Be Not Afraid

My Father on Lake George , New York in 2008

My Father on Lake George , New York in 2008

It has been just over four weeks since my father passed away. Even though I have been almost frightfully composed, I still feel like I’m in a blur. I think I’m in the midst of processing so much.

I do want to broadcast, however, to not be afraid. My father almost died on the eve of the millennium, then in 2008 and then at the end of 2014. So I had plenty of time to ponder his eventual passing. Plus, he was 89 years old. Yet even with this mental preparation, I always imagined I’d be in pieces upon hearing the news and then, of course, at his funeral and then in the days and weeks that followed. But no, I’ve felt a calm and resiliency that has surprised me.

I mean it–be not afraid. Do not live in fear of something that will come, something that you have no control over. Those heartbreaking moments do happen in our lives and it’s unproductive to anticipate–with dread–how we will handle them. We all have an inner strength that knows no boundaries. For me, I feel that my father’s passing has helped me to get in touch with the stuff I’m made of–I am Frank Angelo Clemente’s daughter.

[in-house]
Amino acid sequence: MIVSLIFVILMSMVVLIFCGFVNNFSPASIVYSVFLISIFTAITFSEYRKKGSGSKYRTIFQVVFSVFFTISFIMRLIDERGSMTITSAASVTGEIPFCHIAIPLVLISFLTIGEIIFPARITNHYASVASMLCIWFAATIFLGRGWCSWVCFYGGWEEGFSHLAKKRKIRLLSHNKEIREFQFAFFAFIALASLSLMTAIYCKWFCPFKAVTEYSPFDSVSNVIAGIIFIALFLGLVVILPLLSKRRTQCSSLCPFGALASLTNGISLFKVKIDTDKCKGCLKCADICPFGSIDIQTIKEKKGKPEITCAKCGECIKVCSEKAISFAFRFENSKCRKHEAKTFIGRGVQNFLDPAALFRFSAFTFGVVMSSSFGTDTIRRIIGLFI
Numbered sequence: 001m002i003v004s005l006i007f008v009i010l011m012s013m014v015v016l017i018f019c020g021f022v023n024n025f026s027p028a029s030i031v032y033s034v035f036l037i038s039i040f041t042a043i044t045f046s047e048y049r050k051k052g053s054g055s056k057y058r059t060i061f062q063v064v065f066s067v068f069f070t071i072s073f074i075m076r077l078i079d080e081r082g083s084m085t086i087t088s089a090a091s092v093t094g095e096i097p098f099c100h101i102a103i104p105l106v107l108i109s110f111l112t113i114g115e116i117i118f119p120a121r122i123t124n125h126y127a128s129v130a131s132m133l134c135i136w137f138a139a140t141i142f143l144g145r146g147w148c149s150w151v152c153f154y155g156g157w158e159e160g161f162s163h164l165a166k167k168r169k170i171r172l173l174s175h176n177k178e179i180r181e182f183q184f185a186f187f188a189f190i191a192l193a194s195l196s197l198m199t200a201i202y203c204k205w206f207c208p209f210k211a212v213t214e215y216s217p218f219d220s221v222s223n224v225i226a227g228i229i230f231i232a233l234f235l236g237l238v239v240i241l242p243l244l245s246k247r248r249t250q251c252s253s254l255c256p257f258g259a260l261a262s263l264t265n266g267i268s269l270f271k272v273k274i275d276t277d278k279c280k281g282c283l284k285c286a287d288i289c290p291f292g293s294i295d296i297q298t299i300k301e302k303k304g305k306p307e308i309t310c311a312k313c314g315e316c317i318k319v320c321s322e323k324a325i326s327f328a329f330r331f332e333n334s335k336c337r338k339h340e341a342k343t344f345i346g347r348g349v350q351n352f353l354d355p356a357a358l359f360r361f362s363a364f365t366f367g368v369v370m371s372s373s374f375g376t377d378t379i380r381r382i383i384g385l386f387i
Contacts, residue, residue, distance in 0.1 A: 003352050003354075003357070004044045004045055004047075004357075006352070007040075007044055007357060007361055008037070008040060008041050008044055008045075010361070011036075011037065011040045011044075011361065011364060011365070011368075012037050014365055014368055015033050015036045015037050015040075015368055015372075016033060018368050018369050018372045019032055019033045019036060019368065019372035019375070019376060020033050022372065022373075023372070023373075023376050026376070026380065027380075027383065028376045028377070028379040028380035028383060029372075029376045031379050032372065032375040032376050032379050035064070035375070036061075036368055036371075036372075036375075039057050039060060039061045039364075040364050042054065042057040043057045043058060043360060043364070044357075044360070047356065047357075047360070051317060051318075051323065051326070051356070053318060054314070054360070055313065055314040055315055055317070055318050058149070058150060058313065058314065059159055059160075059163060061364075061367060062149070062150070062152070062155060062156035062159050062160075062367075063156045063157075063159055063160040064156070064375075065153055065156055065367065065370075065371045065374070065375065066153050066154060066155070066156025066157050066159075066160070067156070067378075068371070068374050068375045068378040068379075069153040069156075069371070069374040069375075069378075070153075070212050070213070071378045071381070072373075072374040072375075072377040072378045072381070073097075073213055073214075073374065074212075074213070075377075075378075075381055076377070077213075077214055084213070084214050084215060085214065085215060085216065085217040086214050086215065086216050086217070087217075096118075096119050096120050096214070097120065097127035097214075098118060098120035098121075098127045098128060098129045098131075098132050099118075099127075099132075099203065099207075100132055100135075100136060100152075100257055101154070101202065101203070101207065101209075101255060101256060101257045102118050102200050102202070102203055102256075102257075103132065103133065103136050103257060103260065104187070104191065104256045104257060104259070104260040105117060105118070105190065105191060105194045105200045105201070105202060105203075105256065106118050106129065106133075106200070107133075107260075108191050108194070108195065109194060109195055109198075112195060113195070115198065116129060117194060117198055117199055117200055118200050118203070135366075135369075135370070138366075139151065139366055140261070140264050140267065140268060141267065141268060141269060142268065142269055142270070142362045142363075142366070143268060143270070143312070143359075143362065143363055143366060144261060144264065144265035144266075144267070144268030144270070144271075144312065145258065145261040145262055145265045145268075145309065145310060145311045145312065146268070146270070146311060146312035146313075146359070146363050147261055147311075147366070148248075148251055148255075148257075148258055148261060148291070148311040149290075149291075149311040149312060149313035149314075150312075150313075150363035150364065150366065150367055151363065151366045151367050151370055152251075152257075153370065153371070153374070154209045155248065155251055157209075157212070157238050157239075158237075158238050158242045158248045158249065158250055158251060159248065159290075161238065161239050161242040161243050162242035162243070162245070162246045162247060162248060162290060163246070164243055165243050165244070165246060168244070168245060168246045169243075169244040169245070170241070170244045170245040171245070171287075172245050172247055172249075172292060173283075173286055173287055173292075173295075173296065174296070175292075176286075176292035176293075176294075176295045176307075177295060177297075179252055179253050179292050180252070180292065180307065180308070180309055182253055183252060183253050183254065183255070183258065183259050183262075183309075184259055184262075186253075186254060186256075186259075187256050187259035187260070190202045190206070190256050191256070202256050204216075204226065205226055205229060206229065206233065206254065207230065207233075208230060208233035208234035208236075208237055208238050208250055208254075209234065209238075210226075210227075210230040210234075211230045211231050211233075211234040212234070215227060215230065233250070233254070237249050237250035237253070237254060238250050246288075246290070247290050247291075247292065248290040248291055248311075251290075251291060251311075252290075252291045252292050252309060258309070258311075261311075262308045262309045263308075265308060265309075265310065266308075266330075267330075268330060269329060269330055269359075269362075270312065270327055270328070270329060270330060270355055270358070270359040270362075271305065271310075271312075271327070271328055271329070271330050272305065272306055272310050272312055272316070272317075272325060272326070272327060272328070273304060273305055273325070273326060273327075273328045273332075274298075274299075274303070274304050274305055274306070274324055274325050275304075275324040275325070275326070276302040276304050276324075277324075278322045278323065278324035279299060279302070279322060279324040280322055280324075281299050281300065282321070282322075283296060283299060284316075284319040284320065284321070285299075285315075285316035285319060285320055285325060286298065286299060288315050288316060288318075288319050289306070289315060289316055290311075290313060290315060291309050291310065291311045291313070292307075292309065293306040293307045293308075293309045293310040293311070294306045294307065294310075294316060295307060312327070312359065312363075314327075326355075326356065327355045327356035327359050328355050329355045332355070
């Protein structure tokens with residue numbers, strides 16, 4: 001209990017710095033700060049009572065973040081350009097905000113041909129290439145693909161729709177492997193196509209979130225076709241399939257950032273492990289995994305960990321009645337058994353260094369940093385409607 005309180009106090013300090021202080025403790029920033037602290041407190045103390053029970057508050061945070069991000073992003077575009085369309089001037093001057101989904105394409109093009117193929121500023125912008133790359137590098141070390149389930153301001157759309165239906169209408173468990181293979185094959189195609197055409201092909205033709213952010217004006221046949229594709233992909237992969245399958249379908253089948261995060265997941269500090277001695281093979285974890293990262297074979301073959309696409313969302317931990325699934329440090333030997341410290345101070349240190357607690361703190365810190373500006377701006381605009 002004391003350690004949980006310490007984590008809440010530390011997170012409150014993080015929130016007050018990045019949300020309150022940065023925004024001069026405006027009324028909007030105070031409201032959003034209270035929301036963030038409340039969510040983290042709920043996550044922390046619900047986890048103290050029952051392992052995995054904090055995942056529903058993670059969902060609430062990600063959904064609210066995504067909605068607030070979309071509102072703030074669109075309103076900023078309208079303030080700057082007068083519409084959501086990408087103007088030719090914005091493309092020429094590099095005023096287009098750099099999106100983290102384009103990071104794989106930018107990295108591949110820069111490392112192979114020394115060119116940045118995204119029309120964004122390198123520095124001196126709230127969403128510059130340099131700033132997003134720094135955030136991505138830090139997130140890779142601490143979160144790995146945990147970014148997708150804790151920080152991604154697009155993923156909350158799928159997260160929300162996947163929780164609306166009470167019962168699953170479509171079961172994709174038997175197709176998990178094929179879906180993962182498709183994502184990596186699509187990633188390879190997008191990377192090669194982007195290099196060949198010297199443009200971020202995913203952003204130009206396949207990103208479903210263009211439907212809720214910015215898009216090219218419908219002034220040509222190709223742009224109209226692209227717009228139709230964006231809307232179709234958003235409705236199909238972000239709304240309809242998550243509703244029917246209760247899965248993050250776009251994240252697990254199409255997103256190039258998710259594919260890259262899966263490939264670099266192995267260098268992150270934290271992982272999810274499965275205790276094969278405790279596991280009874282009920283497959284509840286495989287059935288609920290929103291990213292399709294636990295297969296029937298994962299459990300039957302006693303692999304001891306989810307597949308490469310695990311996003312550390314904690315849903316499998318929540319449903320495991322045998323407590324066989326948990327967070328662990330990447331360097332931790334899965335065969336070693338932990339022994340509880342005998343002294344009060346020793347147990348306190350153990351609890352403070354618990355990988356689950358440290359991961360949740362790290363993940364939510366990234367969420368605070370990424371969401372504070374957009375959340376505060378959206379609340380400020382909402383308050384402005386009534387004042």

He was a devoted family man, an accomplished businessman and un passionnée of skiing, tennis, exercise, food, Broadway show tunes, the English language and even French. But most of all, he was extremely kind and steady, compassionate and thoughtful and always appreciative and grateful for what he had and for what other people did for him.

A Surprising Homage: A Clemente Latham Concrete Mixer Showed Up to Pay Respects at the Cemetery

A Surprising Homage: A Clemente Latham Concrete Mixer Showed Up to Pay Respects at the Cemetery

So when my brothers expressed that they thought I should be the one to give the eulogy at our father’s funeral, that became my focus. I wrote the tribute, which I knew would be one of the most heartfelt pieces of writing of my life, and then presented it without breaking, without even cracking my voice. I felt as though I owed my father that much. I also kicked it off with some laughter meditation and sprinkled it with funny anecdotes along the way. (Otherwise, I never would have gotten through it.)